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Title: High Resolution Model Intercomparison Project (HighResMIP v1.0) for CMIP6

Robust projections and predictions of climate variability and change, particularly at regional scales, rely on the driving processes being represented with fidelity in model simulations. The role of enhanced horizontal resolution in improved process representation in all components of the climate system is of growing interest, particularly as some recent simulations suggest both the possibility of significant changes in large-scale aspects of circulation as well as improvements in small-scale processes and extremes. However, such high-resolution global simulations at climate timescales, with resolutions of at least 50 km in the atmosphere and 0.25° in the ocean, have been performed at relatively few research centres and generally without overall coordination, primarily due to their computational cost. Assessing the robustness of the response of simulated climate to model resolution requires a large multi-model ensemble using a coordinated set of experiments. The Coupled Model Intercomparison Project 6 (CMIP6) is the ideal framework within which to conduct such a study, due to the strong link to models being developed for the CMIP DECK experiments and other model intercomparison projects (MIPs). Increases in high-performance computing (HPC) resources, as well as the revised experimental design for CMIP6, now enable a detailed investigation of the impact of increased resolutionmore » up to synoptic weather scales on the simulated mean climate and its variability. The High Resolution Model Intercomparison Project (HighResMIP) presented in this paper applies, for the first time, a multi-model approach to the systematic investigation of the impact of horizontal resolution. A coordinated set of experiments has been designed to assess both a standard and an enhanced horizontal-resolution simulation in the atmosphere and ocean. The set of HighResMIP experiments is divided into three tiers consisting of atmosphere-only and coupled runs and spanning the period 1950–2050, with the possibility of extending to 2100, together with some additional targeted experiments. This paper describes the experimental set-up of HighResMIP, the analysis plan, the connection with the other CMIP6 endorsed MIPs, as well as the DECK and CMIP6 historical simulations. Lastly, HighResMIP thereby focuses on one of the CMIP6 broad questions, “what are the origins and consequences of systematic model biases?”, but we also discuss how it addresses the World Climate Research Program (WCRP) grand challenges.« less
Authors:
 [1] ;  [2] ;  [3] ;  [2] ;  [4] ;  [5] ;  [6] ;  [7] ;  [8] ;  [9] ;  [7] ;  [10] ;  [11] ;  [12] ;  [13] ;  [13] ; ORCiD logo [14] ;  [15] ;  [2] ;  [16] more »;  [17] ; ORCiD logo [18] ;  [19] ;  [20] ;  [21] ;  [22] « less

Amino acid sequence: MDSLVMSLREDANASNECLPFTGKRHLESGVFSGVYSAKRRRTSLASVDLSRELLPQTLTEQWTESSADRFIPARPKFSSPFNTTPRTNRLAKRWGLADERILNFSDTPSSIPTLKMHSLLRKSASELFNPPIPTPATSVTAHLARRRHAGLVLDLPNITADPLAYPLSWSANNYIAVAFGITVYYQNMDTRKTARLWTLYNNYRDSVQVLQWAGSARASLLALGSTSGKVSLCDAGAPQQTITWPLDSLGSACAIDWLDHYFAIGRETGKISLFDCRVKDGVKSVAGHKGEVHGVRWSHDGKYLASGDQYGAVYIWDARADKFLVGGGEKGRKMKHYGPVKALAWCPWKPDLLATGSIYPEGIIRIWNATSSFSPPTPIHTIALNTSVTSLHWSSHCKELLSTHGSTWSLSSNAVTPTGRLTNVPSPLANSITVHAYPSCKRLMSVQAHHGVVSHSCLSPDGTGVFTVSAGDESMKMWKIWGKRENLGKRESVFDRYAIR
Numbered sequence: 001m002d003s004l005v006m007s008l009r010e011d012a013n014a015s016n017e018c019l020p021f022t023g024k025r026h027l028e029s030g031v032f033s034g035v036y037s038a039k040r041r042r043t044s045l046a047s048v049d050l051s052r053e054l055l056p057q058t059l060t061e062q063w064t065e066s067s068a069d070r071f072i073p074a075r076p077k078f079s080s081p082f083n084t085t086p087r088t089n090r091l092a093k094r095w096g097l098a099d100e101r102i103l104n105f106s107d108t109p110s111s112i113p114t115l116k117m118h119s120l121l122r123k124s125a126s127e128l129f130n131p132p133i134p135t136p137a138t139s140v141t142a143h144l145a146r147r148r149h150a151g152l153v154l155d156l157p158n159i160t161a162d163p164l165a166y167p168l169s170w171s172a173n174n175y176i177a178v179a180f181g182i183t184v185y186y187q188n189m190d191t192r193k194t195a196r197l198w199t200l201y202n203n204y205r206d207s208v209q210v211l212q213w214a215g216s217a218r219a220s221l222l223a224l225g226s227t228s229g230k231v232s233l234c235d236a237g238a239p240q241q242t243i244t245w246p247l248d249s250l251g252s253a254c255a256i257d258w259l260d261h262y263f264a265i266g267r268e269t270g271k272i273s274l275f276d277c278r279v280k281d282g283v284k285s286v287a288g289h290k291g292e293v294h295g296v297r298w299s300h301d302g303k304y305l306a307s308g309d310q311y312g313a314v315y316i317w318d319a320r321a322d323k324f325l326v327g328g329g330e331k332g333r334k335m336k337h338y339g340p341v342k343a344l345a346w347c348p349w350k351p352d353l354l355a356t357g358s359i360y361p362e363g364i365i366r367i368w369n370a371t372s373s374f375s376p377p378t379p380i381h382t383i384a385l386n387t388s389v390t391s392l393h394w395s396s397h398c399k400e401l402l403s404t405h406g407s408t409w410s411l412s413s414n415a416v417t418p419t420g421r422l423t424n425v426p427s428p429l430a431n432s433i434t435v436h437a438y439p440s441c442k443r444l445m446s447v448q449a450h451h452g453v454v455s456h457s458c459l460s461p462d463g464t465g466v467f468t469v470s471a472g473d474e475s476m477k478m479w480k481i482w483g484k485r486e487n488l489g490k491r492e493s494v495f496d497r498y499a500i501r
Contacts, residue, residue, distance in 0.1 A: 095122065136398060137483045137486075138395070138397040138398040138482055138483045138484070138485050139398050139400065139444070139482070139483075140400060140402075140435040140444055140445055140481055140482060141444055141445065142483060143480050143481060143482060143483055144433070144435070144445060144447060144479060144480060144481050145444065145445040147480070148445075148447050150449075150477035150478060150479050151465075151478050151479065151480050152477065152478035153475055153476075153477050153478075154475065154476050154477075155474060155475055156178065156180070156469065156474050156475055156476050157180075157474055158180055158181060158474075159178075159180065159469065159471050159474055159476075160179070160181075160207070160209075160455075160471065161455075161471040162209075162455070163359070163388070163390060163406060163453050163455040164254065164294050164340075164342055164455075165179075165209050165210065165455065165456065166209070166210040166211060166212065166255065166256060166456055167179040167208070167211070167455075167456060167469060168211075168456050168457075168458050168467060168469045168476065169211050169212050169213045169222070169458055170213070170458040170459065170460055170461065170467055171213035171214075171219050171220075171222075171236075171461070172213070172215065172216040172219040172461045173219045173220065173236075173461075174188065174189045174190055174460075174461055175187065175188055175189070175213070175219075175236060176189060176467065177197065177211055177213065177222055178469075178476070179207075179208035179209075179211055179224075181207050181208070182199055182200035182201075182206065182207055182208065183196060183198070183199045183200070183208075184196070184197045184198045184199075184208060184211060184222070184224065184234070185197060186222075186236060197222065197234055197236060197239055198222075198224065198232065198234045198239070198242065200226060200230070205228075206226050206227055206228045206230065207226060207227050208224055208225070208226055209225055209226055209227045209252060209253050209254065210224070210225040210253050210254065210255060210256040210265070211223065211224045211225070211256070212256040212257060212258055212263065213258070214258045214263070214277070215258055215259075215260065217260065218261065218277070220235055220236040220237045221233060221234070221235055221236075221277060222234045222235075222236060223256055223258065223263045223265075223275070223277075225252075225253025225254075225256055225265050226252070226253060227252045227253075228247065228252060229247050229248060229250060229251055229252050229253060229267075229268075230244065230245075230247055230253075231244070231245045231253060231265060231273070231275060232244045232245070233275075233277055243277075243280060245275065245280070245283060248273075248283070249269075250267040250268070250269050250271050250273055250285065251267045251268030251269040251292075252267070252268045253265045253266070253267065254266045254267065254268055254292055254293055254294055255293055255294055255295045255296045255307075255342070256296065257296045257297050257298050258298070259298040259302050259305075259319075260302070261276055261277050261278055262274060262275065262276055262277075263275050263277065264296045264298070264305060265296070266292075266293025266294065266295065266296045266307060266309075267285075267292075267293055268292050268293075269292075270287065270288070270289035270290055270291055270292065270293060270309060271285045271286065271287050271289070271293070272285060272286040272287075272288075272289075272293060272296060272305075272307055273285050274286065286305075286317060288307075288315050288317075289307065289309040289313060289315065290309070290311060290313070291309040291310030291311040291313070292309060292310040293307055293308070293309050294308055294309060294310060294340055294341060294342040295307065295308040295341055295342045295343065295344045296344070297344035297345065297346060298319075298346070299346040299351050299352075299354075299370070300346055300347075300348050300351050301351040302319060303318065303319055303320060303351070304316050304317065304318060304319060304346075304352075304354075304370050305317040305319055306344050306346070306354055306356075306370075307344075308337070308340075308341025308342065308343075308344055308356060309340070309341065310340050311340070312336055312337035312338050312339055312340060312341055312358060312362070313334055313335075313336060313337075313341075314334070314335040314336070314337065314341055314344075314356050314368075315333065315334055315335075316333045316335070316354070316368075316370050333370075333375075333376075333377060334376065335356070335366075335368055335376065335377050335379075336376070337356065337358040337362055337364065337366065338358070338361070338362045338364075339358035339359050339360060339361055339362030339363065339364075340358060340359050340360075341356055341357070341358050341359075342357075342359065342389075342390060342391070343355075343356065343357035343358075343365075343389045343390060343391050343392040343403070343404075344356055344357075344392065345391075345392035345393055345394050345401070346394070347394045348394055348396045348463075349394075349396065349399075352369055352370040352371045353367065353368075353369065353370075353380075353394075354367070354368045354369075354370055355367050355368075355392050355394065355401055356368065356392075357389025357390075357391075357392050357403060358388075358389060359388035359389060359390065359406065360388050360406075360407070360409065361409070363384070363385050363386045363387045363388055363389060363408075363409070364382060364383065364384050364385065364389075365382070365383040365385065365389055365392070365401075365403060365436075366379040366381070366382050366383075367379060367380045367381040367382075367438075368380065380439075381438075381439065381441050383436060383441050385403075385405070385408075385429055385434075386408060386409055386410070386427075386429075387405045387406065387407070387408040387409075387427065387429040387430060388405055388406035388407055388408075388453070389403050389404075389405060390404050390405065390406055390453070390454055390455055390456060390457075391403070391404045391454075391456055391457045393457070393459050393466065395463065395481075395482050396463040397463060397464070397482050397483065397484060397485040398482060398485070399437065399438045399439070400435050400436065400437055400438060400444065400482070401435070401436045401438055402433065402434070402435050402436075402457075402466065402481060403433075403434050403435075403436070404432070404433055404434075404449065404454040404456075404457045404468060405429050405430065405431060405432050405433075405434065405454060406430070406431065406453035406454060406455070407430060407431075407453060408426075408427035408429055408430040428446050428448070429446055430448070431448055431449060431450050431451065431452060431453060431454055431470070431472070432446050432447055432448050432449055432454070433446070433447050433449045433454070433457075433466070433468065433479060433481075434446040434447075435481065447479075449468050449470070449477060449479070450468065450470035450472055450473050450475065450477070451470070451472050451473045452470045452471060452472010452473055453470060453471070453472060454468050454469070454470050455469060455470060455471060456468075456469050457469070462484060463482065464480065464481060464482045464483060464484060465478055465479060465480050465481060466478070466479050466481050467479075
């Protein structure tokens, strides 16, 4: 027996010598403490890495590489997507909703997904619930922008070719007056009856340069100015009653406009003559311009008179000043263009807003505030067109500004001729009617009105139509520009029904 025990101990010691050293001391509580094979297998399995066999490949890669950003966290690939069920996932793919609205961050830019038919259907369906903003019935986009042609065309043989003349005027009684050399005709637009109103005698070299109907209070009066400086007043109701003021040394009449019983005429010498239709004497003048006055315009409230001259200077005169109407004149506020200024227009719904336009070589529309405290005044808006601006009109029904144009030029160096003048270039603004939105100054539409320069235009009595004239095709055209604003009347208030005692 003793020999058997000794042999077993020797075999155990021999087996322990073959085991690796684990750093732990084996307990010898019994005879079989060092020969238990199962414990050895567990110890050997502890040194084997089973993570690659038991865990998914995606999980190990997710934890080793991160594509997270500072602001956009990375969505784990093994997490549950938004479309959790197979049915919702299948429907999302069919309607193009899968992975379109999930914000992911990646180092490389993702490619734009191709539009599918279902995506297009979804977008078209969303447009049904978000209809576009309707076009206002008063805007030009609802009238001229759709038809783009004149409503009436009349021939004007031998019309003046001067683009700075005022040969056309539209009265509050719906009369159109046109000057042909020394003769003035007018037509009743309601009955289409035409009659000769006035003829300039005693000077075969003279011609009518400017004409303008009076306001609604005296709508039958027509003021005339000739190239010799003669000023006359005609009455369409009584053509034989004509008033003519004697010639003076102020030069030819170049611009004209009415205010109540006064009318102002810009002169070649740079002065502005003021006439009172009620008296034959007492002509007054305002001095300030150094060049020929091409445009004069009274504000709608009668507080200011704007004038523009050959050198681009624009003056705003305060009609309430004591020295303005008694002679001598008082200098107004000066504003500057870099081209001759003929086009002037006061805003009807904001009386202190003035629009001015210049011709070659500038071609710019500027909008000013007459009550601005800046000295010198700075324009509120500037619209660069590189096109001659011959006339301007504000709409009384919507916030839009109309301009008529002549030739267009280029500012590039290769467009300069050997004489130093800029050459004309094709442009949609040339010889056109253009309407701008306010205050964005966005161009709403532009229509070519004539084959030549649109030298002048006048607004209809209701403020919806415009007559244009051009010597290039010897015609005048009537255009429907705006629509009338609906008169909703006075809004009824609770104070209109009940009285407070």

1. Royal Netherlands Meteorological Institute, De Bilt (The Netherlands)
  2. Met Office Hadley Centre, Exeter (United Kingdom)
  3. Univ. of Reading, Reading (United Kingdom)
  4. Centro Euro-Mediterraneo per i Cambiamenti Climatici, Bologna (Italy)
  5. Chinese Academy of Sciences (CAS), Beijing (China)
  6. Texas A & M Univ., College Station, TX (United States)
  7. Institute of Atmospheric Sciences and Climate, Bologna (Italy)
  8. Barcelona Supercomputing Center, Barcelona (Spain)
  9. Barcelona Supercomputing Center, Barcelona (Spain); Centre National de Recherches Meteorologiques, Toulouse (France)
  10. Royal Netherlands Meteorological Institute, De Bilt (The Netherlands); Netherlands eScience Center, Amsterdam (The Netherlands); Wageningen Univ., Wageningen (The Netherlands)
  11. Japan Agency for Marine-Earth Science and Technology, Tokyo (Japan)
  12. Swedish Meteorologival and Hydrological Institute, Norrkoping (Sweden)
  13. Pacific Northwest National Lab. (PNNL), Richland, WA (United States)
  14. Bureau of Meteorology, Melbourne (Australia)
  15. Oak Ridge National Lab. (ORNL), Oak Ridge, TN (United States)
  16. Meteorological Research Institute, Tsukuba (Japan)
  17. Instituto Nacional de Pesquisas Espaciais, Sao Jose dos Campos (Brazil)
  18. The Univ. of Tokyo, Tokyo (Japan)
  19. Centro Euro-Mediterraneo per i Cambiamenti Climatici, Bologna (Italy); Istituto Nazionale di Geofisica e Vulcanologia, Rome (Italy)
  20. Helmholtz Centre for Polar and Marine Research, Bremerhaven (Germany)
  21. National Center for Atmospheric Research, Boulder, CO (United States)
  22. Max-Planck-Institute for Meteorology, Hamburg (Germany)
Publication Date:
Report Number(s):
PNNL-SA-123045
Journal ID: ISSN 1991-9603; KP1703010
Grant/Contract Number:
AC05-76RL01830; AC05-00OR22725
Type:
Accepted Manuscript
Journal Name:
Geoscientific Model Development (Online)
Additional Journal Information:
Journal Name: Geoscientific Model Development (Online); Journal Volume: 9; Journal Issue: 11; Journal ID: ISSN 1991-9603
Publisher:
European Geosciences Union
Research Org:
Pacific Northwest National Lab. (PNNL), Richland, WA (United States); Oak Ridge National Lab. (ORNL), Oak Ridge, TN (United States)
Sponsoring Org:
USDOE Office of Science (SC), Biological and Environmental Research (BER) (SC-23)
Country of Publication:
United States
Language:
English
Subject:
58 GEOSCIENCES
OSTI Identifier:
1339833
Alternate Identifier(s):
OSTI ID: 1394598